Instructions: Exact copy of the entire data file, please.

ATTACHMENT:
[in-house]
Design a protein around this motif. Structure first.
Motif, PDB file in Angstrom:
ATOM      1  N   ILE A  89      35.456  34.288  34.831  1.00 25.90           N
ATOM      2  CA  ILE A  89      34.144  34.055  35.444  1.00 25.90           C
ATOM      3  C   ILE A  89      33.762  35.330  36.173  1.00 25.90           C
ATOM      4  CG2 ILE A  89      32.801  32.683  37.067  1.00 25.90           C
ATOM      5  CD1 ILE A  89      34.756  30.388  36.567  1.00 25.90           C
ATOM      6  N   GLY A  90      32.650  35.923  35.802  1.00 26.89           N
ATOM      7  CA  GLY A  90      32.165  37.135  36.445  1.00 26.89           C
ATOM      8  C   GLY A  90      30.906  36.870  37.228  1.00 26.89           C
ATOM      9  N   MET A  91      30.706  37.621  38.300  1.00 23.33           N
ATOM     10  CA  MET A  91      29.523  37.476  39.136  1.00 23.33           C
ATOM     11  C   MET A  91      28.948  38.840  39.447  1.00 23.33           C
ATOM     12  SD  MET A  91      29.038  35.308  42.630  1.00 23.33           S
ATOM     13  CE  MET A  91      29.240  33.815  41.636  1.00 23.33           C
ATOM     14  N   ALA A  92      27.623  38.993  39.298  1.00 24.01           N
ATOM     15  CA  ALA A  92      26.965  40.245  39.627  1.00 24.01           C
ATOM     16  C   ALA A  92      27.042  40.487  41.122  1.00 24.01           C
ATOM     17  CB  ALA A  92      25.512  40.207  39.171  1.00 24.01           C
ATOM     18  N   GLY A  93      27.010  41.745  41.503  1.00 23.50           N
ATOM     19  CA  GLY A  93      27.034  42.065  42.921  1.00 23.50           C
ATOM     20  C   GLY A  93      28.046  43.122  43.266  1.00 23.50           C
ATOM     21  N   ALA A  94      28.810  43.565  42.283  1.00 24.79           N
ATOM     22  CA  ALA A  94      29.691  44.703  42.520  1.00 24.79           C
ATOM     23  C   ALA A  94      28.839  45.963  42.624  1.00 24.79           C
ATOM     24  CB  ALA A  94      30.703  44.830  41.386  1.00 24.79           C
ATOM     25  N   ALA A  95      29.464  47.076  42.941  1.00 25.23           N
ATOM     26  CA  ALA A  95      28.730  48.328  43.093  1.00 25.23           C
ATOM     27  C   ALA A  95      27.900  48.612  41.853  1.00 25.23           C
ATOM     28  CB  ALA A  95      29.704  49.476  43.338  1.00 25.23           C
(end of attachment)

[in-house]
Design a protein around this motif. Structure first.
Motif, PDB file in Angstrom:
ATOM      1  N   ILE A  89      35.456  34.288  34.831  1.00 25.90           N
ATOM      2  CA  ILE A  89      34.144  34.055  35.444  1.00 25.90           C
ATOM      3  C   ILE A  89      33.762  35.330  36.173  1.00 25.90           C
ATOM      4  CG2 ILE A  89      32.801  32.683  37.067  1.00 25.90           C
ATOM      5  CD1 ILE A  89      34.756  30.388  36.567  1.00 25.90           C
ATOM      6  N   GLY A  90      32.650  35.923  35.802  1.00 26.89           N
ATOM      7  CA  GLY A  90      32.165  37.135  36.445  1.00 26.89           C
ATOM      8  C   GLY A  90      30.906  36.870  37.228  1.00 26.89           C
ATOM      9  N   MET A  91      30.706  37.621  38.300  1.00 23.33           N
ATOM     10  CA  MET A  91      29.523  37.476  39.136  1.00 23.33           C
ATOM     11  C   MET A  91      28.948  38.840  39.447  1.00 23.33           C
ATOM     12  SD  MET A  91      29.038  35.308  42.630  1.00 23.33           S
ATOM     13  CE  MET A  91      29.240  33.815  41.636  1.00 23.33           C
ATOM     14  N   ALA A  92      27.623  38.993  39.298  1.00 24.01           N
ATOM     15  CA  ALA A  92      26.965  40.245  39.627  1.00 24.01           C
ATOM     16  C   ALA A  92      27.042  40.487  41.122  1.00 24.01           C
ATOM     17  CB  ALA A  92      25.512  40.207  39.171  1.00 24.01           C
ATOM     18  N   GLY A  93      27.010  41.745  41.503  1.00 23.50           N
ATOM     19  CA  GLY A  93      27.034  42.065  42.921  1.00 23.50           C
ATOM     20  C   GLY A  93      28.046  43.122  43.266  1.00 23.50           C
ATOM     21  N   ALA A  94      28.810  43.565  42.283  1.00 24.79           N
ATOM     22  CA  ALA A  94      29.691  44.703  42.520  1.00 24.79           C
ATOM     23  C   ALA A  94      28.839  45.963  42.624  1.00 24.79           C
ATOM     24  CB  ALA A  94      30.703  44.830  41.386  1.00 24.79           C
ATOM     25  N   ALA A  95      29.464  47.076  42.941  1.00 25.23           N
ATOM     26  CA  ALA A  95      28.730  48.328  43.093  1.00 25.23           C
ATOM     27  C   ALA A  95      27.900  48.612  41.853  1.00 25.23           C
ATOM     28  CB  ALA A  95      29.704  49.476  43.338  1.00 25.23           C